Officer: “Have you had anything to drink tonight?”

Driver: “Not for five years.”

The officers working the line — three state troopers and one Grand Junction police officer — walked from the cars with random observations: gang affiliation indicated by tattoos; habitual drug use indicated by rough fingertips and sunken eyes; holiday stress indicated by white-knuckled hands clenching the steering wheel.

The evening’s excitement came when a pickup blew past the trooper flagging it into the checkpoint, jumped the median, flicked off its lights and sped behind Tequila’s restaurant. The Grand Junction police officer manning the camera that scans license plates called it in.

There was the man who admitted to having a drink two hours earlier, but he did fine following a pen with his eyes and completed his walking in a straight line with a shuffling, impromptu dance. It would have called his sobriety into further question had he not balanced on one foot in an “eagle in flight” pose; drunk people generally can’t do that, Moseman said. He passed the Breathalyzer and was sent on his way.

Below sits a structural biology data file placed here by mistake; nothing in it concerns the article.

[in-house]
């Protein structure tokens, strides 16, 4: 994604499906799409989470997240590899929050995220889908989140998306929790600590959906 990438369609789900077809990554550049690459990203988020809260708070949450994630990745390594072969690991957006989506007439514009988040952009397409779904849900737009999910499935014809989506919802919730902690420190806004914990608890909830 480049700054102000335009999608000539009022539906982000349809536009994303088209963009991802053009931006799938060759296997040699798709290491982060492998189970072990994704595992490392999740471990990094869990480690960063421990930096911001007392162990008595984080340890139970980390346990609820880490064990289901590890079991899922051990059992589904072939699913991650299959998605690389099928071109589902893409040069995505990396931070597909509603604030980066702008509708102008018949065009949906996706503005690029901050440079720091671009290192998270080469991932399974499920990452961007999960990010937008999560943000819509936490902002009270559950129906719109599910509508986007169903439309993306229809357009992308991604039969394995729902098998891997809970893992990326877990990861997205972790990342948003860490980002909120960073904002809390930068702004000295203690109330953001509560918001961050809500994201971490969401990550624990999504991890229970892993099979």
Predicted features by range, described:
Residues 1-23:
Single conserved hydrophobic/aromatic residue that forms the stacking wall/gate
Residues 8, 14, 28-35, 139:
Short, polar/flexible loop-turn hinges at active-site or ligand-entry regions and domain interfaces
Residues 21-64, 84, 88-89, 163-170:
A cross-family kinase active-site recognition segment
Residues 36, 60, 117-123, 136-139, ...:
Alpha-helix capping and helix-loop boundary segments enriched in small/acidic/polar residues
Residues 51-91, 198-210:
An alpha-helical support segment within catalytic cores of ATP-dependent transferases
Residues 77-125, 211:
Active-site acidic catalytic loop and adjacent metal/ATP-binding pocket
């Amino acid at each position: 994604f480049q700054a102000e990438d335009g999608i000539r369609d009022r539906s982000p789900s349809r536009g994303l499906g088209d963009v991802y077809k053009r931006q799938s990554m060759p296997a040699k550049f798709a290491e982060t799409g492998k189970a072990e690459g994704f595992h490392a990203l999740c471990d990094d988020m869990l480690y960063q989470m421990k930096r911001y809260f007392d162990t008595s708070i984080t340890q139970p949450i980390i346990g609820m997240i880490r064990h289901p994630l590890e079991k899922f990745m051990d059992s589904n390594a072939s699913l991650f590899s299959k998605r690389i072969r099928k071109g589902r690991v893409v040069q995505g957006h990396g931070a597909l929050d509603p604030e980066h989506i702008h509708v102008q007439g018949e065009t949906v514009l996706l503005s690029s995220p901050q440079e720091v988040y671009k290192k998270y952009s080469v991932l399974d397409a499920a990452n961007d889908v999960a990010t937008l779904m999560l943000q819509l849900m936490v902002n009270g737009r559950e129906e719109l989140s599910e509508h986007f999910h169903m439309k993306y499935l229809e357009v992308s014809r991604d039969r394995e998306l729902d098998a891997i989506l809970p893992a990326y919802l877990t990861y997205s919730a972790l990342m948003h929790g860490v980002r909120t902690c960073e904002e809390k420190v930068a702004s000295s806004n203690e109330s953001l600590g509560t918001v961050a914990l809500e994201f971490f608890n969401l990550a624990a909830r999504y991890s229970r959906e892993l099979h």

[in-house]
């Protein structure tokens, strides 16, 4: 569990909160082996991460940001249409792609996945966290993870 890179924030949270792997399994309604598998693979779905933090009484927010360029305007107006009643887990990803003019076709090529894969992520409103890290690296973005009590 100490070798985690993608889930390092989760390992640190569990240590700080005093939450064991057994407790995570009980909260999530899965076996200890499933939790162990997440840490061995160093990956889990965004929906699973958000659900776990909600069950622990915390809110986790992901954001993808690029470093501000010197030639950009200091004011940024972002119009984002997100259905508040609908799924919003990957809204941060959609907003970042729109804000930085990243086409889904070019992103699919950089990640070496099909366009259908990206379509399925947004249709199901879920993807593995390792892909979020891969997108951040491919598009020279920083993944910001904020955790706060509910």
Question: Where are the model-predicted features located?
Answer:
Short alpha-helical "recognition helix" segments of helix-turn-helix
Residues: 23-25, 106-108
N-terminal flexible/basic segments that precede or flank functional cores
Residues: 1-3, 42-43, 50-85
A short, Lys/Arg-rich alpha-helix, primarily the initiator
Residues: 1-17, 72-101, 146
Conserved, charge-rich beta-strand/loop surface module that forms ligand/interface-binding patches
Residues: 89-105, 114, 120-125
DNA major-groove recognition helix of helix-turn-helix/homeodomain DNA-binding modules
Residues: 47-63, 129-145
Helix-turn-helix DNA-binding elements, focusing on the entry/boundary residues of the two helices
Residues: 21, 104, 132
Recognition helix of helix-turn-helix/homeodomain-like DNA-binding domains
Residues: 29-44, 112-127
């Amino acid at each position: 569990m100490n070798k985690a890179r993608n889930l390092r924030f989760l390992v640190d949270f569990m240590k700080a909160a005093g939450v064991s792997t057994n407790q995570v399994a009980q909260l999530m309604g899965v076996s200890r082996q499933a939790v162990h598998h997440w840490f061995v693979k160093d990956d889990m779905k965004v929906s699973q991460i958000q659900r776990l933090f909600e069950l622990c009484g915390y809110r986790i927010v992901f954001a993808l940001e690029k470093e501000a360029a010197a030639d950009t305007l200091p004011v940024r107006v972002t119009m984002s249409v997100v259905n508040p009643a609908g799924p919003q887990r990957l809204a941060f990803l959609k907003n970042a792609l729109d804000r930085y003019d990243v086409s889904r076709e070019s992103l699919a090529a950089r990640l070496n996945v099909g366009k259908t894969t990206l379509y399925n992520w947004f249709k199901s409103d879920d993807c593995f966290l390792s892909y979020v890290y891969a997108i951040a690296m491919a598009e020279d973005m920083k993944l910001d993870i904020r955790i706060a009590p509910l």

And then there was the 17-year-old with the enormous pupils. His braces glinted in the light from street lamps, and he stood with his hands shoved in his jeans pockets.

“The reason I want to talk to you is you look like you’re under the influence of something,” Wilson told him.

The boy shook his head no.

“Have you been smoking marijuana?”

Head shake. Huge, creepy pupils.

Wilson walked the driver to a nearby parking lot, where he did reasonably well following the tip of a pen with his eyes, but wobbled while walking in a line. The Breathalyzer declared him over the legal limit, so Wilson secured his hands behind his back with flex cuffs and put him in the back of a police car. His four young passengers were told to call someone to come get them.

It was a steady, low-key night. Drivers showed their licenses, officers gave them a MADD flier and sent them on their way. The temperature dropped, traffic slowed to a trickle near midnight, people just wanted to get home.

“My goal, as a law enforcement officer, is to be bored,” Clark said. “That would mean everybody follows the laws, and there’s nothing for us to do.”